It’s not often you find Thai and Vietnamese comfort food under one roof, but at Huong Dong, you can get your pad thai fix alongside a steaming bowl of pho. Start with the crispy spring rolls, add on a refreshing mango salad with basil, peanuts, and fried onions, and sweeten the meal with a milky Thai iced tea.
Named after the ancient Lanna Kingdom, otherwise known as the kingdom of a million rice fields, Everett’s best Thai restaurant offers Northern Thai cuisine with bowls of fragrant tom yum, plates of saucy pad see ew, and a warming massaman curry with potato, carrot, pineapple, and peanuts.
Thai Thani makes its mark on the local Thai food scene with its seafood-centric offerings, such as a panang curry with salmon, prawns karee swimming in yellow curry sauce, and a hot pot of green mussels flavored with lemongrass, basil, sweet onion, and cabbage. If you’re seeking land rather than sea, the deep-fried triangles of golden tofu served with peanut sauce are perfectly plant-based.
Locals know to order up one of Pinkaew’s star dishes, the krapow kai dow, a stir-fry of basil, diced green beans and peppers, and minced chicken served over rice and topped with a fried egg. The enticing menu also offers a notable pra ram noodle dish, with its pool of caramel-colored peanut sauce, and the pla sam rod, pan-fried trout in tamarind sauce.
With offerings spanning multiple Thai regions, Jai Thai serves up a broad range of dishes that are big in flavor. Start with an order of pan-fried pot stickers, then make sure to add on the pad kee mao, wide noodles coated in aromatic chile paste. A veggie-centric pad prik khing delivers with its stir-fried green beans and other veggies in a basil-forward sauce.
Specializing in Isaan-style northeastern Thai cuisine, ZapVerr appropriately translates to “overly delicious.” You might want to call a few friends over to try as many dishes as possible, such as the sweet Dungeness crab rangoons, an unctuous roast duck curry, and the nam kow tod, an umami-laden crispy rice salad made with minced pork.
Located in Kirkland, Soi is run by a husband-and-wife team that cooks up Isaan-style cuisine that’s an ode to flavorful northeastern Thai food. Order up a few plates of small bites — street food — or signature dishes such as the chu chi salmon, wild-caught Alaskan salmon in panang curry, and the nau ka ta, Thai-style sizzling steak fajitas.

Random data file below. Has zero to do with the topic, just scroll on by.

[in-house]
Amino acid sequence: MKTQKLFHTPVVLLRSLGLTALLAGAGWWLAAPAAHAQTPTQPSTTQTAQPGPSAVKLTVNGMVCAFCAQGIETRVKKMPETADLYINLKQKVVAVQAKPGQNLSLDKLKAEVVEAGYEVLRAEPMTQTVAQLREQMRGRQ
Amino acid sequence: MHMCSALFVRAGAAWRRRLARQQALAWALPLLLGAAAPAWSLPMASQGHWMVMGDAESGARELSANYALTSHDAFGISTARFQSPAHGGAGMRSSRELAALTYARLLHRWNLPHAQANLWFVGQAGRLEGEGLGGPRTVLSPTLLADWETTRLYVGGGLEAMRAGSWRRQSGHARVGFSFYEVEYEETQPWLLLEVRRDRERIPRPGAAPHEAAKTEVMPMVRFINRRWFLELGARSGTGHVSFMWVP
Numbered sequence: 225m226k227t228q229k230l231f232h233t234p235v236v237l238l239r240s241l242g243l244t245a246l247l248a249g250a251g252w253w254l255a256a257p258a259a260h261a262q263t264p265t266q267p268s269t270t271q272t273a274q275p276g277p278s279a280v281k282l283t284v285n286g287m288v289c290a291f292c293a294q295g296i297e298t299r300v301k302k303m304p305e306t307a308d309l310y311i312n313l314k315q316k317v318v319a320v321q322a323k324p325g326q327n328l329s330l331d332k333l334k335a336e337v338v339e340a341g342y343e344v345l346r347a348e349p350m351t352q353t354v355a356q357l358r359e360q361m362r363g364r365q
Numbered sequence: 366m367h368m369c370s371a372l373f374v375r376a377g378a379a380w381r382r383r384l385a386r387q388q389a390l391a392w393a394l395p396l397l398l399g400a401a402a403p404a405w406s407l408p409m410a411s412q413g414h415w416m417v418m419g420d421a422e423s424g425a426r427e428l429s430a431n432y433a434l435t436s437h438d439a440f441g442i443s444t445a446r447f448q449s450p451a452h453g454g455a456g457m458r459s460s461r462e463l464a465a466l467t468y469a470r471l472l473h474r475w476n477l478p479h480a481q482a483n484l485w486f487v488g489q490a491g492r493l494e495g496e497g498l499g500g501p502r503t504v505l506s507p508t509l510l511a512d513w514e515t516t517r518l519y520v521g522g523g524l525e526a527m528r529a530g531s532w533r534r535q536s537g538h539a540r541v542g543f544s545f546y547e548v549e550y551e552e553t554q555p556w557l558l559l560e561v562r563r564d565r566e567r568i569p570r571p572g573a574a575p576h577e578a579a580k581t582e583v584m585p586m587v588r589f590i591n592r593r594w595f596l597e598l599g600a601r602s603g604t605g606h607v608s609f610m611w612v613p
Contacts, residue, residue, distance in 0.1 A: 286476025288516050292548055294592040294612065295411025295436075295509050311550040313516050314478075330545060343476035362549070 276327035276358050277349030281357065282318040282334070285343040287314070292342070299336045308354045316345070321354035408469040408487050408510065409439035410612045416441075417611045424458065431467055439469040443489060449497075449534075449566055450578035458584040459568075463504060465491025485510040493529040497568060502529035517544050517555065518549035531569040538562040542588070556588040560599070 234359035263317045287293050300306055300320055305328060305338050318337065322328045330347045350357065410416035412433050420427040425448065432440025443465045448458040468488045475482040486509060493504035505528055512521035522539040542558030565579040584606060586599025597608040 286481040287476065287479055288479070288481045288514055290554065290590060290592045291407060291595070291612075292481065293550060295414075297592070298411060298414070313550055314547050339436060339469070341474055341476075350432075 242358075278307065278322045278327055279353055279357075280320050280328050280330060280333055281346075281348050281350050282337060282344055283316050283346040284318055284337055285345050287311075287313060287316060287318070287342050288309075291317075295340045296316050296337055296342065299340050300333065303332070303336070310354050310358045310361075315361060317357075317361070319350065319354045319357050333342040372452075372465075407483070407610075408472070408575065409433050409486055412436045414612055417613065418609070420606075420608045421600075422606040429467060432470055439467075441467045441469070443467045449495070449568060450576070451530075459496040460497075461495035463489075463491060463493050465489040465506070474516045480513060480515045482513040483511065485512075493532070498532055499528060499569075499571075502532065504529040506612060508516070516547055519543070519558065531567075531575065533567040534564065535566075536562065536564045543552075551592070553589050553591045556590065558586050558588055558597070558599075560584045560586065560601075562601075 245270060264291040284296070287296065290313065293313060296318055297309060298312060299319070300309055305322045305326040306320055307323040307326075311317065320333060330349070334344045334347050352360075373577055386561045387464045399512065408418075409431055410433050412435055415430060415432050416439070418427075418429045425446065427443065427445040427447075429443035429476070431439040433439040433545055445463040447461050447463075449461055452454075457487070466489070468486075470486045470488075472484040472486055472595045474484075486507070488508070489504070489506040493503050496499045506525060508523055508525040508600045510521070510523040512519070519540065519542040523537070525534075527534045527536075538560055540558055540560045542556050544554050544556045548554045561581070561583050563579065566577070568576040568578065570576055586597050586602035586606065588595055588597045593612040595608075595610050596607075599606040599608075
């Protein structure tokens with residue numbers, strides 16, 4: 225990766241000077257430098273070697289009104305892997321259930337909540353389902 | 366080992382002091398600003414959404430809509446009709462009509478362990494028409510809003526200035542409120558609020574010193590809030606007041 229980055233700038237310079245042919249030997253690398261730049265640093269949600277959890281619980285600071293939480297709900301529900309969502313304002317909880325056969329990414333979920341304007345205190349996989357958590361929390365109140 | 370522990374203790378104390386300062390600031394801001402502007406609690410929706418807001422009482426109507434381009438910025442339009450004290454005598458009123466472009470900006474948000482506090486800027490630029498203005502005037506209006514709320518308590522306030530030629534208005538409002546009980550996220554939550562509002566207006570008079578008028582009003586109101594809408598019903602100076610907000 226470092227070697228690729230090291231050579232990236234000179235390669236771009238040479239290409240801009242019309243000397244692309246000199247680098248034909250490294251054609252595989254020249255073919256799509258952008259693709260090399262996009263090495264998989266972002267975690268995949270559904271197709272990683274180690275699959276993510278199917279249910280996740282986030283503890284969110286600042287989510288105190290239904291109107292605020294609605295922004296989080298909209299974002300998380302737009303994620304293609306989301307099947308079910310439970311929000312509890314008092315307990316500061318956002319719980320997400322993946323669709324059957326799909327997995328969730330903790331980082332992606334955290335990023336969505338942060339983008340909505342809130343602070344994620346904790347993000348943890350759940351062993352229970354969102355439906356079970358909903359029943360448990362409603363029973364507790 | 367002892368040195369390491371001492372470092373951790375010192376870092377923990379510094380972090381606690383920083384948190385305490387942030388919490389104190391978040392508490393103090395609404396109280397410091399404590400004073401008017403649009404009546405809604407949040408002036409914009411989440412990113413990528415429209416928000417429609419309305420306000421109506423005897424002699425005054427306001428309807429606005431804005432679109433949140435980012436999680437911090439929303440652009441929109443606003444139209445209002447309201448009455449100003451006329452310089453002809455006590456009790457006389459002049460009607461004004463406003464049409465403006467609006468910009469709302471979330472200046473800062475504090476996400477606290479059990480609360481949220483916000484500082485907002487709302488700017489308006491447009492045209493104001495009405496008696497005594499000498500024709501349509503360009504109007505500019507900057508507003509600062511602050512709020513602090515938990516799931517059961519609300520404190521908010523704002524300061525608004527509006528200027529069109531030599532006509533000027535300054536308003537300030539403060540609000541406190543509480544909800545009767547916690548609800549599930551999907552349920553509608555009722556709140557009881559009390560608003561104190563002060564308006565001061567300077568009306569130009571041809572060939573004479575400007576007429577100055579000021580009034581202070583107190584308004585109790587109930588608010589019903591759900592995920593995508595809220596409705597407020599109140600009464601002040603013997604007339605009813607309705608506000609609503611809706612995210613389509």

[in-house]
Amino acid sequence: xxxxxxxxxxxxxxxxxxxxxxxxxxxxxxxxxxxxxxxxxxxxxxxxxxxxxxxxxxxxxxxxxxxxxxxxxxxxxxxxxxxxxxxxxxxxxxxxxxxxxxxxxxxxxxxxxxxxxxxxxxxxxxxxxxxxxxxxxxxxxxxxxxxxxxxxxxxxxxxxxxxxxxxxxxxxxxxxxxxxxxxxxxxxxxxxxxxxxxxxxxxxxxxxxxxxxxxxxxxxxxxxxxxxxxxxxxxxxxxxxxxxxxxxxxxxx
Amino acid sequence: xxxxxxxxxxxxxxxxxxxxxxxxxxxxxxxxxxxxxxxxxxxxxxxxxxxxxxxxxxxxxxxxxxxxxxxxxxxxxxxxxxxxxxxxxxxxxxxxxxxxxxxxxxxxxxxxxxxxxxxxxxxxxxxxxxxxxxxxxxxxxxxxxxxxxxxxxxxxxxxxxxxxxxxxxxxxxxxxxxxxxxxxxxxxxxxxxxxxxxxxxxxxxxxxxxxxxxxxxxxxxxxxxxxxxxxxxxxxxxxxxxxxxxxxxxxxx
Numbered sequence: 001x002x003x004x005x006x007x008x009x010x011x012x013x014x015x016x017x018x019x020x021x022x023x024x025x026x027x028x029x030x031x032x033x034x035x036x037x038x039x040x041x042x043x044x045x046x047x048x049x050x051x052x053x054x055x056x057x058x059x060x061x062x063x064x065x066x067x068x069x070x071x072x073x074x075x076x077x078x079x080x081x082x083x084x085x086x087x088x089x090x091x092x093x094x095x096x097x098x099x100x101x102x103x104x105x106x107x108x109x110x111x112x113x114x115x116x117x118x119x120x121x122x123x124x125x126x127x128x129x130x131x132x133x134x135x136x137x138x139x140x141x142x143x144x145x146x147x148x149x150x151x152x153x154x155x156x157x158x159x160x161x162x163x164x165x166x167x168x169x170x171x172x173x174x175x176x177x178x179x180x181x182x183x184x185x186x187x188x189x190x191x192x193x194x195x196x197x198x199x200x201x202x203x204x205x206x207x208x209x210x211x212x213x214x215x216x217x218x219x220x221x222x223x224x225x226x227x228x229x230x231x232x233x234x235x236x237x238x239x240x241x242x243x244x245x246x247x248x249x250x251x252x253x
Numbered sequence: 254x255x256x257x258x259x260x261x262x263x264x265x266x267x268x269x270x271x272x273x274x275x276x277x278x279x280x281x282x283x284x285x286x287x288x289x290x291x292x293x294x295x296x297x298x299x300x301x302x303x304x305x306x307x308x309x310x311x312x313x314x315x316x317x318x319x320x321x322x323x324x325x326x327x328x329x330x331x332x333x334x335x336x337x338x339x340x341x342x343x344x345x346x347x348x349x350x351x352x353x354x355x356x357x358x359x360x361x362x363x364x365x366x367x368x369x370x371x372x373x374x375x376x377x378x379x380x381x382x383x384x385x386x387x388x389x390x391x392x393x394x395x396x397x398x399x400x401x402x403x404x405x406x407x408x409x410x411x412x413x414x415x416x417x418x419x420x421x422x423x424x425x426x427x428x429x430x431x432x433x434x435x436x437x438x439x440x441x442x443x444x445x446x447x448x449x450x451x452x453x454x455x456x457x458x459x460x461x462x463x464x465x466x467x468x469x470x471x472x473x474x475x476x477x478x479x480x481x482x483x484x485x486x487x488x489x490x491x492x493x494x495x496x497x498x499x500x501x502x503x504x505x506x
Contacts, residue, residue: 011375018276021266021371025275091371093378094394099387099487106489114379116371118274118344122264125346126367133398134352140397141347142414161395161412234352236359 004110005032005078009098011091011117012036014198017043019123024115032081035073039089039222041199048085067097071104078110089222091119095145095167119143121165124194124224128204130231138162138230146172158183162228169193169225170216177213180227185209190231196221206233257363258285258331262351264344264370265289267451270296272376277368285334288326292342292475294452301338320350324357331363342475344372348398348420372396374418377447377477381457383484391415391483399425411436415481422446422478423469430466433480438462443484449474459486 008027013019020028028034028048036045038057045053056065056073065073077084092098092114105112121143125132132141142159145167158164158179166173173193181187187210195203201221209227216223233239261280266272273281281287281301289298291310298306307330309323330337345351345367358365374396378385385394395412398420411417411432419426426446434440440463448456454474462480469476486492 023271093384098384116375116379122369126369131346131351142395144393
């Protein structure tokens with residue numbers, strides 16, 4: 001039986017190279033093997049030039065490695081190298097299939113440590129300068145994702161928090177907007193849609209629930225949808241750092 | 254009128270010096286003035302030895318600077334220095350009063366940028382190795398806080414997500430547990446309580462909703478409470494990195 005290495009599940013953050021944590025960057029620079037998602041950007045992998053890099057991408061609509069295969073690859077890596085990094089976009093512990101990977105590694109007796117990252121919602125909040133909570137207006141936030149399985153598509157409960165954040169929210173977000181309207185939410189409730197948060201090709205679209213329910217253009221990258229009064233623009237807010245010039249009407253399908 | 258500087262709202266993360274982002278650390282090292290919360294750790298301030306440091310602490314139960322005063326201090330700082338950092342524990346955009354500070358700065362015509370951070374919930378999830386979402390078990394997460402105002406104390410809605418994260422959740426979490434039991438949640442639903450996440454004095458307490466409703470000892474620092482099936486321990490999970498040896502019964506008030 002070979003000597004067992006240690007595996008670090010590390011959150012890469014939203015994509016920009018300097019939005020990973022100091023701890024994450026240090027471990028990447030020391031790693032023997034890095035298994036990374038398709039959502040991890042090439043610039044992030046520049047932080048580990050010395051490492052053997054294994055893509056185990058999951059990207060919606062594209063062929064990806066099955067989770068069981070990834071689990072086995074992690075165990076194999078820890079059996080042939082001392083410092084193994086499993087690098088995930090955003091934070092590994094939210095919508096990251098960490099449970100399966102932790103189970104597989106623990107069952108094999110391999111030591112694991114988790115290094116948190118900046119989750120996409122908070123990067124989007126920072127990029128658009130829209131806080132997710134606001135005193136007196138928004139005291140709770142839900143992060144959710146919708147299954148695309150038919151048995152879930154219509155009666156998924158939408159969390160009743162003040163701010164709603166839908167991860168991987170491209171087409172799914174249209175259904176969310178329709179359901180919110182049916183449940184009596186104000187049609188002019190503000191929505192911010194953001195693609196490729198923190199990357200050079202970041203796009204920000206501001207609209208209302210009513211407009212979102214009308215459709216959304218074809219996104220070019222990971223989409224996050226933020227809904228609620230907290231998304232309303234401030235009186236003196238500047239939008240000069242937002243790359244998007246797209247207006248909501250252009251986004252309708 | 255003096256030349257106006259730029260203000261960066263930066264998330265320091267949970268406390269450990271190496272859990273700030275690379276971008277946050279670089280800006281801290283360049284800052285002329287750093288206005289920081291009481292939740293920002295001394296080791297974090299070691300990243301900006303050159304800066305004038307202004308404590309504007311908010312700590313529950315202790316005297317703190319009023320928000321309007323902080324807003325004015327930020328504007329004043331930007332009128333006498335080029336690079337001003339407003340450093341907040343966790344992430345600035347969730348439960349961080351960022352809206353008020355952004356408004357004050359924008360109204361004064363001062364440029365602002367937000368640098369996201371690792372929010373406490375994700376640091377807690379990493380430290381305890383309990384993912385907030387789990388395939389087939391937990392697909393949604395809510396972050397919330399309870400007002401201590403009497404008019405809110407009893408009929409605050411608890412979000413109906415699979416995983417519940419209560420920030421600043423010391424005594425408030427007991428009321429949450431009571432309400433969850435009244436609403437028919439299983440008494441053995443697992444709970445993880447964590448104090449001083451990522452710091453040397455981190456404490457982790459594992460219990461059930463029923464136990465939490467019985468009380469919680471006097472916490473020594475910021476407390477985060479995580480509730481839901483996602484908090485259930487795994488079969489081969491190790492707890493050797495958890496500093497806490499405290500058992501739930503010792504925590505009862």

Heat seekers, meet your match. The bird’s eye chile is one of Thailand’s spiciest peppers, and it’s a key ingredient in this Thai spot’s best dishes, like the fried Bangkok chicken in its fiery garlic and coriander sauce. Owner Cindy Gayte comes from a lineage of Thai restaurateurs, and, along with her chile-kissed specialties, you’ll find many mild Thai classics that will please anyone’s palate.
Co-owner Kay Fuengarom emigrated to Seattle as a kid and has been working in restaurants since she was 15. At her West Seattle Thai outpost, her expertise pays off, as evident in curries made from scratch-made pastes and remarkable Thai dishes like neau yang esan, Thai-style New York strip steak served in a roasted rice–lime sauce.
Wild Ginger Kitchen is one of Seattle’s oldest, most famous Thai institutions. Garnering both local and national accolades, including a memorable New York Times shout-out, Wild Ginger continues to serve up high-end Thai dishes such as fragrant, star anise–spiced duck served with puffy bao buns — the house specialty — as well as delicate sea bass piled high with fresh herbs and irresistible sides like Szechuan green beans.
Prioritizing local ingredients, Sweet Rice is owned and run by two Laotian childhood friends. The menu boasts both Thai and Lao food, like pad thai and green curry, as well as Lao-style papaya salad and glossy, marinated Mekong beef over vegetables. End your meal with the sole dessert offering: mango on top of sweet, pandan-flavored coconut sticky rice.
North Seattle’s favorite neighborhood Thai spot keeps locals coming back for coconut milk–marinated and grilled chicken satay, batter-fried crispy garlic chicken served with a tangy sauce, and basil krapow chicken stir-fried with fresh chiles and garlic and topped with a fried egg.
As a longtime family-owned and -operated Northgate Thai destination, Chaiyo offers familiar Thai fare as well as a treasure trove of house specialties, such as pineapple prawn curry, coriander-crusted beef, spicy seafood fried rice full of calamari and scallops, and mee krob, crispy noodles with shrimp and tofu in plum sauce.
Courtesy of Wild Ginger